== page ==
Hepatitis A Prevention
The ADH is responding to an outbreak in Northeast Arkansas. To learn more about this outbreak and guidance issued by ADH, you can find the press releases here.
What is hepatitis A?
Hepatitis A is a vaccine-preventable, highly contagious liver disease caused by the hepatitis A virus (HAV).
How is hepatitis A spread?
It is transmitted person-to-person when a person ingests tiny amounts of fecal matter from contact with objects, food or drinks contaminated by the feces of an infected person. It can also be spread from close personal contact with an infected person, for example, through sex or caring for someone who is ill.
Food contamination by hepatitis A can happen at any point – growing, harvesting, processing, handling or even after cooking. However, the CDC states food or water contamination is more likely to occur in countries where hepatitis A is more common and in areas where there are poor sanitary conditions or poor personal hygiene. In the United States, chlorination of water kills HAV that enters the water supply, and the Food and Drug Administration routinely monitors natural bodies of water used for recreation.
How great is the risk for hepatitis A?
In 2016, the CDC reported there were an estimated 4,000 hepatitis A cases in the United States. The number of cases has declined by more than 95 percent since the Hepatitis A vaccine became available in 1995.
While anyone can get hepatitis A, in the United States, the CDC cautions the follow groups of people are at a higher risk:
- People who have direct contact with someone who has hepatitis A
- Travelers to countries where hepatitis A is common
- Men who have sexual contact with men
- People who use drugs, both injection and non-injection drugs
- Household members or caregivers of a recent adoptee from countries where hepatitis is common
What are the symptoms of hepatitis A?
If you have hepatitis A, you may have:
- Loss of appetite
- Abdominal pain
- Dark urine
- Clay-colored feces
- Joint pain
- yellowing of the skin and eyes (known as jaundice)
Older children and adults typically have symptoms that can appear to develop abruptly. Most children younger than age 6 do not have symptoms and, when symptoms are presents, young children typically do not have jaundice.
Symptoms may appear within two to seven weeks, although typically symptoms start to show four weeks after exposure. Symptoms usually last less than two months, but about 10 to 15 percent of people can have symptoms last as long as six months.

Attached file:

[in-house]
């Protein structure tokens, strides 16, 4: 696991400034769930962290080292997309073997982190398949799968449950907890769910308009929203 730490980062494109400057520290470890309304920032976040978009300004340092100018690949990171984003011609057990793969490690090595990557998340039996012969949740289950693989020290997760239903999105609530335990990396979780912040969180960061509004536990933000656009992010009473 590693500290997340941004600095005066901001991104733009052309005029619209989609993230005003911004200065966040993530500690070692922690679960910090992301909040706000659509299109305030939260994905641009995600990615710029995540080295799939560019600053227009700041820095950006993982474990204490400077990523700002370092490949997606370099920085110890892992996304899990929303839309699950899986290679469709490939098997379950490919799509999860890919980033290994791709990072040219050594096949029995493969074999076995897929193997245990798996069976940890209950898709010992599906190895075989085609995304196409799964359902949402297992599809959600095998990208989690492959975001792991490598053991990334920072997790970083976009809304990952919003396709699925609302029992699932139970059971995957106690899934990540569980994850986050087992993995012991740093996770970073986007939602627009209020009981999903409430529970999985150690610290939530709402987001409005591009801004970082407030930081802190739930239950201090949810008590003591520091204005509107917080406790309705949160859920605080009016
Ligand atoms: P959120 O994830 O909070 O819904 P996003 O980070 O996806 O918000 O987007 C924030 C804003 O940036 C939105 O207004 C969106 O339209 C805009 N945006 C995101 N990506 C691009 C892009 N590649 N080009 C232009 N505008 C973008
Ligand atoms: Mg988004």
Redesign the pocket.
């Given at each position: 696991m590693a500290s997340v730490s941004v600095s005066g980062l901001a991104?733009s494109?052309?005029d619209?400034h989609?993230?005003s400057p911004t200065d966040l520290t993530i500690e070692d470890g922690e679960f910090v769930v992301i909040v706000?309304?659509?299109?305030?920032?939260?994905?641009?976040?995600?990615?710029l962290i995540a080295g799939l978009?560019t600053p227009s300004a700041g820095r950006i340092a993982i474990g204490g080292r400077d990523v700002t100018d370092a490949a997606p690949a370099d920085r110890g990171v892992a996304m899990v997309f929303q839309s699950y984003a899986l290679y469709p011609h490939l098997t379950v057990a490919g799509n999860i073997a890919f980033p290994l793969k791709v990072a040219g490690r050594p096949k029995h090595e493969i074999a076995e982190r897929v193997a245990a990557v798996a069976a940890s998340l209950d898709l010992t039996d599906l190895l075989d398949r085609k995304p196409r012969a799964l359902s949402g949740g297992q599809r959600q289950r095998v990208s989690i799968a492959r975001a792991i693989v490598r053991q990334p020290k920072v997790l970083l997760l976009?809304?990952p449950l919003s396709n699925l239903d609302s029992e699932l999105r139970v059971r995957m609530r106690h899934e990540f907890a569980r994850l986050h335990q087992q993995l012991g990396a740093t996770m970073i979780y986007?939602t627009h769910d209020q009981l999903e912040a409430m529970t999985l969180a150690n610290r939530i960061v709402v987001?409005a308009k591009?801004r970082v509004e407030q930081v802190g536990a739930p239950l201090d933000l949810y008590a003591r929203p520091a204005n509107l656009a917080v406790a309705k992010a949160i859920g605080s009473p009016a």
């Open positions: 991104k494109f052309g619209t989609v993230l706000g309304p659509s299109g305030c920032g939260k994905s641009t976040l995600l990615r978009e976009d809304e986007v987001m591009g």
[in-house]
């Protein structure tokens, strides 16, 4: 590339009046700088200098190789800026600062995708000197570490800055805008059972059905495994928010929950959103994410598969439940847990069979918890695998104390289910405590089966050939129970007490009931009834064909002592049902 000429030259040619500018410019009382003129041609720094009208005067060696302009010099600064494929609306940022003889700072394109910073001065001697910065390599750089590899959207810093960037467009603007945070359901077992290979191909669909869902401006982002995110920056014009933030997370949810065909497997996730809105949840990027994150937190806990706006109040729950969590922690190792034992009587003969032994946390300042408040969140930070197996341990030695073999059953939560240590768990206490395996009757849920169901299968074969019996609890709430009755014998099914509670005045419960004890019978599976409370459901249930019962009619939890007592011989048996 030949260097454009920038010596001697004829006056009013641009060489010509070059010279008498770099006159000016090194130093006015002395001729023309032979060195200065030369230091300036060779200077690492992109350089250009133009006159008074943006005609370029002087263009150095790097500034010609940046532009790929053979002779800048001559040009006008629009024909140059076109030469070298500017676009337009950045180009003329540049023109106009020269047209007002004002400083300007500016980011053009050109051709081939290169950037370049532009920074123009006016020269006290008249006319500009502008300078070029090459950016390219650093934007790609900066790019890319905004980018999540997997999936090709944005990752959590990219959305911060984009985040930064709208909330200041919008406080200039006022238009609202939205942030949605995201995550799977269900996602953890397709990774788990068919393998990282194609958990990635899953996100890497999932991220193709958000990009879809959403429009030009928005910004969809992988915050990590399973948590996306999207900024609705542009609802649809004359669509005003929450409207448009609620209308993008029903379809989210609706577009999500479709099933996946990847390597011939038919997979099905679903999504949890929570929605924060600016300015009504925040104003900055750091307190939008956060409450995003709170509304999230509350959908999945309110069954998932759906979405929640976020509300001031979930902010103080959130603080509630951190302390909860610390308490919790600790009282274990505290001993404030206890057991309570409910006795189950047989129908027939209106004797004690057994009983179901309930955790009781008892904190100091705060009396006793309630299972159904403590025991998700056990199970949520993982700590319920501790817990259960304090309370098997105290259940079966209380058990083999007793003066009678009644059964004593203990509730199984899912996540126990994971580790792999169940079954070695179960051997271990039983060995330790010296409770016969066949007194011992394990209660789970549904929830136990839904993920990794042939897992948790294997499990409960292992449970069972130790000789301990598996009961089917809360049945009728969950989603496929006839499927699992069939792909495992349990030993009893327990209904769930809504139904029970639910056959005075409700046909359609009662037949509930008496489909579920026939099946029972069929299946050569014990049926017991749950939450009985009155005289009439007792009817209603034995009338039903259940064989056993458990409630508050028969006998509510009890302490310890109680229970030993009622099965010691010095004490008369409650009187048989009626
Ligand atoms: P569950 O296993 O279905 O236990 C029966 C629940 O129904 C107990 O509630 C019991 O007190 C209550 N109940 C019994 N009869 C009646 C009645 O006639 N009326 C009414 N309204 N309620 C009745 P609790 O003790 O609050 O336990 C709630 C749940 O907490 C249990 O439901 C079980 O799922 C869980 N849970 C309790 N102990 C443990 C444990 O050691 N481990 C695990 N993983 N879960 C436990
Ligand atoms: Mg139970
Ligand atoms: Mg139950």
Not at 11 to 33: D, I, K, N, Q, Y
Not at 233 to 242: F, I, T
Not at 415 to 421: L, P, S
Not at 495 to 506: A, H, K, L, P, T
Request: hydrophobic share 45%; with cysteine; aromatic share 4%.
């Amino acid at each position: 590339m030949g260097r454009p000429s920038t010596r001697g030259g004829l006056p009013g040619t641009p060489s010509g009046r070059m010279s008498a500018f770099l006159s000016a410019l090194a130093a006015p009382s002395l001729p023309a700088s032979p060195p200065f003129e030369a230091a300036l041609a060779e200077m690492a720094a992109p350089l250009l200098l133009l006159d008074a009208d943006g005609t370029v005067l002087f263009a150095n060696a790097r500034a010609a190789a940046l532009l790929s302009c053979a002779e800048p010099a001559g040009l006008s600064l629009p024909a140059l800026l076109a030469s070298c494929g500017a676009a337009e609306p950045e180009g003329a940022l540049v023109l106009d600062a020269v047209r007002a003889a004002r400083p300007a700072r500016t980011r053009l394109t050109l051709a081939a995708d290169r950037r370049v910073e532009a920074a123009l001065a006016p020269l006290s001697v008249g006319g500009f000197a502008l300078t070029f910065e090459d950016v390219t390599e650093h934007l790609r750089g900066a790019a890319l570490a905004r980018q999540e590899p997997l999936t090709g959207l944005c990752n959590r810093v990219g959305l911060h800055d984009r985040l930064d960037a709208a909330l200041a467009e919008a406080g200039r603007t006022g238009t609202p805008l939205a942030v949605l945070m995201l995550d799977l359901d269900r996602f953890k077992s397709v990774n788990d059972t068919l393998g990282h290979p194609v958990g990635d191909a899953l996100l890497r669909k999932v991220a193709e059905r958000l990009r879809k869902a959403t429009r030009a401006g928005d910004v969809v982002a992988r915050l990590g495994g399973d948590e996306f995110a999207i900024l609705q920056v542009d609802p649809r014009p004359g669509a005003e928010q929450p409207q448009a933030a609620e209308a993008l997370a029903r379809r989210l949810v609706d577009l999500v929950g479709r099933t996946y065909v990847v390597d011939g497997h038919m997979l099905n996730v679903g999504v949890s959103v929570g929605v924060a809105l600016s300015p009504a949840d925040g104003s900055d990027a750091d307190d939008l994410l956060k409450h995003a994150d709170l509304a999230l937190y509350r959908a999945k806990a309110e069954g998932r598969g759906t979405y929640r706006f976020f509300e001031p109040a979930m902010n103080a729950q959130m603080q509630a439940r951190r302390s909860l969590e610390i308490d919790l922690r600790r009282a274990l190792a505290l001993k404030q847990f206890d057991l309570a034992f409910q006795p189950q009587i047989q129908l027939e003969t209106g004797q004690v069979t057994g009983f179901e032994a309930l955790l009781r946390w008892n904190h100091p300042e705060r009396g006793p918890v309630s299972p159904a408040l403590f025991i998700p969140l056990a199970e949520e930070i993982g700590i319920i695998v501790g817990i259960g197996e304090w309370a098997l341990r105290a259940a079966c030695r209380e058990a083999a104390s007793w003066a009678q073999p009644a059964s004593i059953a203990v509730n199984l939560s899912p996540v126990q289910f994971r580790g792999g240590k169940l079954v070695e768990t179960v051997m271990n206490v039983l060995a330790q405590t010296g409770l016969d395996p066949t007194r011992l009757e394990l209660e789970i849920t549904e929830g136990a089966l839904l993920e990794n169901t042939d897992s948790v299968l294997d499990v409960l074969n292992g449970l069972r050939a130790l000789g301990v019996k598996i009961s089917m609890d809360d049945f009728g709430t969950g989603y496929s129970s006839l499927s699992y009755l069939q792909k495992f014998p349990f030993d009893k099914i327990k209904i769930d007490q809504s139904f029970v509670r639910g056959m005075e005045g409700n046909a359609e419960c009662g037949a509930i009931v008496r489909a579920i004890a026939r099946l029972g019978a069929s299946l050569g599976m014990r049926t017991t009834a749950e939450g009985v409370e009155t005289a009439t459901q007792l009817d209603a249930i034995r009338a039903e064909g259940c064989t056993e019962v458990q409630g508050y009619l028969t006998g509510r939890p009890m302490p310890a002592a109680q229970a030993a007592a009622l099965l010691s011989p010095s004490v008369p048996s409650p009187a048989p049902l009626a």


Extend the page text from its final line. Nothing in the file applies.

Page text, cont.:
An infected person can pass the virus to others up to two weeks before symptoms appear.
What steps can you take to prevent hepatitis A?
The best way to prevent hepatitis A is by practicing good hand hygiene – including thoroughly washing hands after using the bathroom, changing diapers and before preparing or eating food – and through vaccination.
The hepatitis A vaccine is safe, effective and given as two shots, six months apart. Both shots are needed for long-term protection. It can be given to people with compromised immune systems, and getting extra doses of the vaccine is not harmful.
The hepatitis A vaccine is recommended for school children. As of 2014, one dose of the vaccine is required for entry into kindergarten and first grade. Most adults are likely not vaccinated, unless they received vaccinations prior to traveling internationally.
The vaccine will only protect you against hepatitis A. There is a separate vaccine available for hepatitis B, although there is a combination hepatitis A and hepatitis B vaccine that can be given to anyone age 18 or older. This combination vaccine is given as three shots over six months. There is no vaccine for hepatitis C at this time.
What should you do if you suspect exposure to hepatitis A?
People who believe they have been exposed to hepatitis A should contact a health professional or their local health unit if they have never been vaccinated against hepatitis A or are unsure of their vaccination status. A blood test is available for hepatitis A screening.
Even after exposure, a person can effectively prevent getting hepatitis A if he or she receives the hepatitis A vaccine or an immune globulin injection, which contains antibodies to hepatitis A, within two weeks of exposure. If illness does occur, it will usually be milder after receiving immune globulin.
What if you have hepatitis A?
There are no specific treatments once a person gets hepatitis A. Doctors usually recommend rest, adequate nutrition and fluids to treat symptoms, although some people will need additional medical care at a hospital.
The disease can range from a mild illness lasting a few weeks to a severe illness lasting several months. According to the Centers for Disease Control and Prevention, although rare, hepatitis A can cause liver failure and death in some people. This is more common in people who are at least 50 years old and in people with other liver diseases.
Once you recover from hepatitis A, you develop antibodies that protect you from the virus for life.
|CDC Hepatitis A Fact Sheet|
|CDC Hepatitis A Information|
|CDC Patient Education Resources|